Australia has largely the same team as it does for the 4×800, namely worlds seventh-placer Zoe Buckman and three more so-so runners. They’re behind Ethiopia on average top four PB (4:06.34 to 4:08.65), but they are more experienced. They’ll take the bronze if anyone screws up ahead of them.
Kenya actually just set the world record of 17:05.72 (4:16.43 per leg) at the Kenyan trials, and three of the women (Jelagat, Cherono and Ann Mwangi) were on that team. There’s no way that the record doesn’t go much, much lower when you consider the following:
-this team will have Obiri and/or Kipyegon, both of whom have run under 3:59 (the other three Kenyans have PBs at 4:02 or slower).
-this race won’t be at altitude.
-no one will be doubling back from an earlier race that day (as they were when that record was set).
-there is a $50,000 bonus for a world record.
Even if the Kenyans average a pedestrian 4:10 a leg, they’ll still break it by 25 seconds. This is not a strong record at all. If they want to maximize their future earnings, they’ll only break it by a little this time so that they can break it again next year and get another $50,000 bonus.
The U.S. record is 17:08.34 (4:17.08 per leg) and that should also fall pretty easily since the Americans have a top four PB average of 4:03.19.
It’s a joke that there are only five countries entered in this race
A very mediocre Romania squad is going to walk away with $10,000 assuming they finish the race and pass their drug tests. We hope that the IAAF splits the remaining $18,000 that would have gone to sixth, seventh and eighth among the teams that actually did show up.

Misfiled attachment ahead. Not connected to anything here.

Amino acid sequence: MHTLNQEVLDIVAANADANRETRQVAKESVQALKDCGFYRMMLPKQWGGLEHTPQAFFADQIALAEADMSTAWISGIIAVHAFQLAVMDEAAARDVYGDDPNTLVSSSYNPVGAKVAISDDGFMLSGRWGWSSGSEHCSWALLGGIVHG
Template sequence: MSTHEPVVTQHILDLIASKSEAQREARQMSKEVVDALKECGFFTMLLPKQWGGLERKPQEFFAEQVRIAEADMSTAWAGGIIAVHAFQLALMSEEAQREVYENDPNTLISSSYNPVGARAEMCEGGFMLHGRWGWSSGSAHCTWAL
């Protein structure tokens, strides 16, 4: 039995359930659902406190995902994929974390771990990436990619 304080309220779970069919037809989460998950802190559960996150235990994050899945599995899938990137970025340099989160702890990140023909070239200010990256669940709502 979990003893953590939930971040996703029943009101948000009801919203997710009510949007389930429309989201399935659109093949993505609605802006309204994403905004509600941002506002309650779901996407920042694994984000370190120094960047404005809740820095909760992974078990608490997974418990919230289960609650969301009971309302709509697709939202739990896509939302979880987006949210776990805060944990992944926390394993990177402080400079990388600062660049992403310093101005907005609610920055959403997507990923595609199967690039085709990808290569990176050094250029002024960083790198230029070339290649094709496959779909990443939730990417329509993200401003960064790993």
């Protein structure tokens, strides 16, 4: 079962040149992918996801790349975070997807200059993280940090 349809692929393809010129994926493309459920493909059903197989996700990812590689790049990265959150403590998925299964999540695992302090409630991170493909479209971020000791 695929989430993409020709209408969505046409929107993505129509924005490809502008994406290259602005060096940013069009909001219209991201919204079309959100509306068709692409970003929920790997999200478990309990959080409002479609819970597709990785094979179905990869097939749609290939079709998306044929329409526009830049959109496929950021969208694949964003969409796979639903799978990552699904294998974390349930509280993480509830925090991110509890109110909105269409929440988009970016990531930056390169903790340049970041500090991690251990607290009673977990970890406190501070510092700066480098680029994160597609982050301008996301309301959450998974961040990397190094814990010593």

The country that really should be kicking itself is the Bahamas. Since there are no entry standards in the 4×800 or 4×1500, all they’d have to do is round up four locals from outside the stadium, have them run some laps and walk away with an easy $8,000 for sixth place. Is it too late to sign up?
It’s a shame more countries aren’t taking this meet seriously
Once you divide it four ways, the prize money isn’t as good as the Diamond League. There’s also a $50,000 bonus for world records. The only mid-distance world record that’s unattainable is the Soviet Union’s 4×800 mark of 7:50.17 from 1984. If you get four good runners and go for the world record, you’re really racing for $25,000 per person ($50,000 for the win + $50,000 WR bonus / 4 runners). That’s a very nice haul and even if you get second it’s still a $7,500 payday per person and a free trip to the Bahamas.
What’s especially irritating is that Kenya – the biggest global player in the middle distances – sent very strong squads, and the U.S. teams, while they could be better, are still pretty solid. Those are the two biggest dominoes that have to fall – why can’t the other countries like Canada, Great Britain and Russia fall in line?
A pet peeve of ours at LetsRun is when countries such as Canada and Great Britain only enter athletes who they think can place highly at international meets. Often the standards to make their teams are tougher than the IAAF’s entry standards, which leaves a lot of very-good-but-not-great runners home during major championships. If every country picked its team that way, you wouldn’t have a sport as only three people can medal in each event.